Mexican Orange Blossom (Choisya Ternata) - as the name suggests - it originates in South America, so it's not the hardiest of shrubs for the UK climate. I'm not sure what the winter weather is like in Colchester, but the BIG enemies of this shrub are the cold - especially in a windy location. So if you plan to plant it in a shady spot that's exposed to wind, and your winter temperatures fall below -3oC then you may have difficulties. I'm not sure how vigorous it is, but as a rule of thumb any plant grown out of it's natural environment (especially if it's new lodgings are in a colder & harsher climate) is seldom as vigorous or as successful as if it was grown on 'home' ground! Nice as Colchester is, I don't think it can compete with Mexico! A hell of a nice plant though, and fragrant. Beware of snail attack - apparently they often munch on the bark, which is quite unusual, and can cause problems by 'ring barking' plants they attack. It's not fussy about it's soil type (or pH levels - within reason of course), however on the positive side it is very drought resistant (as you'd expect from a Mexican plant - they grow cactuses there don't they?!)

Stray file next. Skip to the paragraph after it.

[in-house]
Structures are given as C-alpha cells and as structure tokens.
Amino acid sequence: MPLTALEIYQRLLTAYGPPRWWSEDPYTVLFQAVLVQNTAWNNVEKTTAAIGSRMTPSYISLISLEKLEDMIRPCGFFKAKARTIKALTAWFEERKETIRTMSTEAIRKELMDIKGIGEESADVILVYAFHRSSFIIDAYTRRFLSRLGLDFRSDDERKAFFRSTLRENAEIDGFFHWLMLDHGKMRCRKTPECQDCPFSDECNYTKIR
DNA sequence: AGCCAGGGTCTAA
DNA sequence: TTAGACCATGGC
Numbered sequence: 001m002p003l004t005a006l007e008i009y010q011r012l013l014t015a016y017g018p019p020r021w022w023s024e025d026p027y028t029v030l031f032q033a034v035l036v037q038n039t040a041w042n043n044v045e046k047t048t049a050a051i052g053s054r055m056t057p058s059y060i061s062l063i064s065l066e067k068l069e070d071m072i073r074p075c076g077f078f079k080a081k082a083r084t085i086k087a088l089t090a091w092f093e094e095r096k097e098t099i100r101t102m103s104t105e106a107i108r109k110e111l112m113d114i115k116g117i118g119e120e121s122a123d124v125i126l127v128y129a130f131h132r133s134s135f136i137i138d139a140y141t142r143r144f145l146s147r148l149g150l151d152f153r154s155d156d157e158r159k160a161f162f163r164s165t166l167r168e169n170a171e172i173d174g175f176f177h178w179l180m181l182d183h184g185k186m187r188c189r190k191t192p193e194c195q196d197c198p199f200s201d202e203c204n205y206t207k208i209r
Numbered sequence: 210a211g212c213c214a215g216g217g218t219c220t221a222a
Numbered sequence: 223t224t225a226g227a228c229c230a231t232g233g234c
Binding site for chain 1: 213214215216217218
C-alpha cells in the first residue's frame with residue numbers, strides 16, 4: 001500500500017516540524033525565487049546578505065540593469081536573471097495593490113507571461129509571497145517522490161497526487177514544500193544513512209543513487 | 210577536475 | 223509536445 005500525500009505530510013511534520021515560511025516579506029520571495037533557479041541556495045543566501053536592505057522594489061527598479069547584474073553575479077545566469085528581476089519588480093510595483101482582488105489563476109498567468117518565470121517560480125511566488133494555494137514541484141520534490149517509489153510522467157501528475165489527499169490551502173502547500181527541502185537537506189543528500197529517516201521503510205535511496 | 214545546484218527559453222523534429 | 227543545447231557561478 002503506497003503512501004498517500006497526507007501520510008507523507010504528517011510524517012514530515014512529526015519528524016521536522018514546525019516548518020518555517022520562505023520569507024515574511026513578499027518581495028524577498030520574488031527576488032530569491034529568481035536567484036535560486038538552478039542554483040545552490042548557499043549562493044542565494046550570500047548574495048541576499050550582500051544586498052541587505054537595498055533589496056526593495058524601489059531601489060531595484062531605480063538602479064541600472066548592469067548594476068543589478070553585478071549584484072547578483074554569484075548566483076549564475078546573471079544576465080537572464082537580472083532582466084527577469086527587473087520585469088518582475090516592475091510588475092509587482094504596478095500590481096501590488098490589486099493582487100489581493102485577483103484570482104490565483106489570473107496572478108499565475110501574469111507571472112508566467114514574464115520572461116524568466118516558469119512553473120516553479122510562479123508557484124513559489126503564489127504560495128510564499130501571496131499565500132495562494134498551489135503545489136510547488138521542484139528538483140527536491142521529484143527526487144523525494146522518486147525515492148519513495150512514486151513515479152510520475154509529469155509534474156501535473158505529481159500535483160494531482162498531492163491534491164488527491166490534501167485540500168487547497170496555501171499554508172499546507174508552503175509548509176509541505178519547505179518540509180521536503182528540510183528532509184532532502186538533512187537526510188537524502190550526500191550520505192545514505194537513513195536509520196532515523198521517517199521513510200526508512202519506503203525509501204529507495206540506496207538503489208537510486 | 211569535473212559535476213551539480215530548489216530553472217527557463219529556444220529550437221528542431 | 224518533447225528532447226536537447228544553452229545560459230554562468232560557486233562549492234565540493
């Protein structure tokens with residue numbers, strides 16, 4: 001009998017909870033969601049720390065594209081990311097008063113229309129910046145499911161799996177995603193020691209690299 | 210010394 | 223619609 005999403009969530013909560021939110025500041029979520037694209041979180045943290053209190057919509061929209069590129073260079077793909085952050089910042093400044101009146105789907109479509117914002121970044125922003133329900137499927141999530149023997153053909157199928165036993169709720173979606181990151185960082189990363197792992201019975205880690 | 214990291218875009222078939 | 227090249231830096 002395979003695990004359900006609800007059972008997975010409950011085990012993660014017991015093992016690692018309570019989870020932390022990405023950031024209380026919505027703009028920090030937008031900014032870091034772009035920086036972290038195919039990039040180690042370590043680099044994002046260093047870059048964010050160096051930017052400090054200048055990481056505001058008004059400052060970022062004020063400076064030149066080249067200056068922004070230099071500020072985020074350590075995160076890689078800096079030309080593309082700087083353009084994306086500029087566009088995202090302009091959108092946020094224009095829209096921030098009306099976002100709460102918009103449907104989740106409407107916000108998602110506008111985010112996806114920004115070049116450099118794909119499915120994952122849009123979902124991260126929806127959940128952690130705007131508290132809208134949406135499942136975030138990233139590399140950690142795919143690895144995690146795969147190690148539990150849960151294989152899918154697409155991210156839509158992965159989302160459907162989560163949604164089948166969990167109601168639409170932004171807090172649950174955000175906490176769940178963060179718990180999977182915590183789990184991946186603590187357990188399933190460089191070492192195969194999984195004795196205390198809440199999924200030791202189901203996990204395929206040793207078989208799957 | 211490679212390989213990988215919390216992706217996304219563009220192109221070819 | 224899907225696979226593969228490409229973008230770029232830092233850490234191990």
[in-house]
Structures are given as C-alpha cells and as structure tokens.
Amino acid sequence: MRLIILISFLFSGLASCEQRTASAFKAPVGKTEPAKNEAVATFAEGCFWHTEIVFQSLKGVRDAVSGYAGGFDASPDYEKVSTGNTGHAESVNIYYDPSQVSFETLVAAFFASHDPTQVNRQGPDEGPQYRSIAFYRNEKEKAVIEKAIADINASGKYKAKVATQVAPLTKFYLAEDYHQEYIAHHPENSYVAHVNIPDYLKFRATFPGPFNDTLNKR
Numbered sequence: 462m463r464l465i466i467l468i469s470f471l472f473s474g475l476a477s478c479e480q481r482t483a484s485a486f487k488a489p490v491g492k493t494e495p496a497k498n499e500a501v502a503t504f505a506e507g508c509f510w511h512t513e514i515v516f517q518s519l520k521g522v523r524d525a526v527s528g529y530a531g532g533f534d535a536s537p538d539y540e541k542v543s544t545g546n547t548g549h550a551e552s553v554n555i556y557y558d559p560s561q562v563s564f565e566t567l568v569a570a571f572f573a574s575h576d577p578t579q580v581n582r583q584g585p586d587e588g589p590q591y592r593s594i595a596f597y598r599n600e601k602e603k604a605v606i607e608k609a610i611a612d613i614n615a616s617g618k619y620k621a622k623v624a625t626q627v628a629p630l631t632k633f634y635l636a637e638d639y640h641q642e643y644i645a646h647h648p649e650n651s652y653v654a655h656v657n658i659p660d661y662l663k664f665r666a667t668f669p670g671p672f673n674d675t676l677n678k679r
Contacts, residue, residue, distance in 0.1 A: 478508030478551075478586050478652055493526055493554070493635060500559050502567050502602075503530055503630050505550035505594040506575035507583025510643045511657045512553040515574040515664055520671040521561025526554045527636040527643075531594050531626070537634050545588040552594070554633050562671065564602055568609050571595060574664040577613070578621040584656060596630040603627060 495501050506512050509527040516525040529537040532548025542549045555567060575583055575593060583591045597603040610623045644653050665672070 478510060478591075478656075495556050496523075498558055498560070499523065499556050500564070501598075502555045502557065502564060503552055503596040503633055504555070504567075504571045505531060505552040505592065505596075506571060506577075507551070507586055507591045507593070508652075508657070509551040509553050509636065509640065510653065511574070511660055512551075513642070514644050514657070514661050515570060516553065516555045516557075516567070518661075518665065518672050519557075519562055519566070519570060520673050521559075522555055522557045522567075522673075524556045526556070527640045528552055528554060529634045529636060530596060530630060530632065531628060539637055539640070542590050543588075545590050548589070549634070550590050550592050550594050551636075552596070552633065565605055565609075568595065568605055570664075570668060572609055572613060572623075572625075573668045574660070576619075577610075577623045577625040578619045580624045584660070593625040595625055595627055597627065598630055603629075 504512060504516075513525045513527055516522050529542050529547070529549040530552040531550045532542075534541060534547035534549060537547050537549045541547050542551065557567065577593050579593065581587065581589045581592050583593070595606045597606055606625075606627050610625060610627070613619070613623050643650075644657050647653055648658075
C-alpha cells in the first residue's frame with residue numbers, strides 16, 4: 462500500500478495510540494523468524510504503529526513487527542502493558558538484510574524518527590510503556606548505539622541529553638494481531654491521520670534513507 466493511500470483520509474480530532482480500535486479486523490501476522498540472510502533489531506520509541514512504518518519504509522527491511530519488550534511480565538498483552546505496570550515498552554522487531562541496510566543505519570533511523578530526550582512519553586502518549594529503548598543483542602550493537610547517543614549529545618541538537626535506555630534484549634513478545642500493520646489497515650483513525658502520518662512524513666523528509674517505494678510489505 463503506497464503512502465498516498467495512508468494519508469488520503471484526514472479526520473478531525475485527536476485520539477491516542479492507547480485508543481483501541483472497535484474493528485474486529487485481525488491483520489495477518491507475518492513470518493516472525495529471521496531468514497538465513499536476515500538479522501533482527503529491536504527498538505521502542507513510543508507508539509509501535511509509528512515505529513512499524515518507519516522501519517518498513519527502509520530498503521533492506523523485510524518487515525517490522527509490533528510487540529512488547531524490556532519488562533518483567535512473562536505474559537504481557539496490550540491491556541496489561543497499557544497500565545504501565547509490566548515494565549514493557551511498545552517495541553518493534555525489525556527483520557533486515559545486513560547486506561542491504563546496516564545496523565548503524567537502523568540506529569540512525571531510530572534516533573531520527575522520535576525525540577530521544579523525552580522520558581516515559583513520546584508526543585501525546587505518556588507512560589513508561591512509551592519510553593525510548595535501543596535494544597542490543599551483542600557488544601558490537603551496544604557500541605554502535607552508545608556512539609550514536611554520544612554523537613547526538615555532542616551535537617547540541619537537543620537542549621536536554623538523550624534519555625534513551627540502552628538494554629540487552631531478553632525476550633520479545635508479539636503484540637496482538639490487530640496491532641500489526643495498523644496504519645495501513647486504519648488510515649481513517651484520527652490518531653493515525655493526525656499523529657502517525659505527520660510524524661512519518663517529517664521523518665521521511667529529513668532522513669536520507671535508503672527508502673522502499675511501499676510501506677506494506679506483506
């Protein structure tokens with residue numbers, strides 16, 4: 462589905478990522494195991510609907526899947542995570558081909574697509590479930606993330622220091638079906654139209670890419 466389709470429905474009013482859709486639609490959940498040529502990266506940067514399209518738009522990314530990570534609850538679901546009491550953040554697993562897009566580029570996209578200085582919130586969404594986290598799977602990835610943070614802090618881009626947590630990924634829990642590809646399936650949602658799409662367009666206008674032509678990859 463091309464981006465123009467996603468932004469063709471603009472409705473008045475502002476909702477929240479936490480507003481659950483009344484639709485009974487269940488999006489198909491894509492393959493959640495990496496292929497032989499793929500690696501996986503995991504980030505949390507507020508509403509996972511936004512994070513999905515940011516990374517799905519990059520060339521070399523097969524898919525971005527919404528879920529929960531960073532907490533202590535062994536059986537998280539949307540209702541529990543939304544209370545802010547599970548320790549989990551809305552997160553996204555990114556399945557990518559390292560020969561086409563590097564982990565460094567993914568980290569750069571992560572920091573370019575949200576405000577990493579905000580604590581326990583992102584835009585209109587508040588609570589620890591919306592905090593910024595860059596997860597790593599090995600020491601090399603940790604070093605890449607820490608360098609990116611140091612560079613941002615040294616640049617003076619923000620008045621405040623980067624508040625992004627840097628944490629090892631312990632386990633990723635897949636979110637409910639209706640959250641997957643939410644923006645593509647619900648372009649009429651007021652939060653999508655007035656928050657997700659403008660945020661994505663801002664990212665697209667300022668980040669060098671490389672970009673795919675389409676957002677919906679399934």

Limelight Elaeagnus is tougher cookie. It is quite a fast growing shrub at approx 30-45cm a year, in the right conditions, and should be trimmed to shape in spring. Unlike the Choisya Ternata this is a very tough plant, it is fully hardy and will tolerate dry soil, growing in full sun or partial shade and is happy in seaside gardens and exposed sites. It won't jib at the cold - unlike the Mexican Orange Blossom. However it only flowers in the autumn. It has beautifully fragrant creamy white flowers in autumn, and it needs to be planted in winter. In fact it is more of a hedging plant often selected in salt air environments that other hedges find difficult to survive in.
The two choices you have made are not really 'like for like' it is more like comparing apples with oranges! The Mexican Orange Blossom will require more TLC, will be quite delicate and not as fast growing. The Limelight Elaeagnus on the other hand is built for our harshest winters and is really a hedging plant - where you plant a row of it to make a hedge. The MOB is more of a 'stand-alone' plant. Now, to hide a big outdoor gas tank, I would advise looking at a climber (Clematis or Honeysuckle), or even something like a Virginia Creeper, that would cover the eyesore in quick time.
I hope that helps!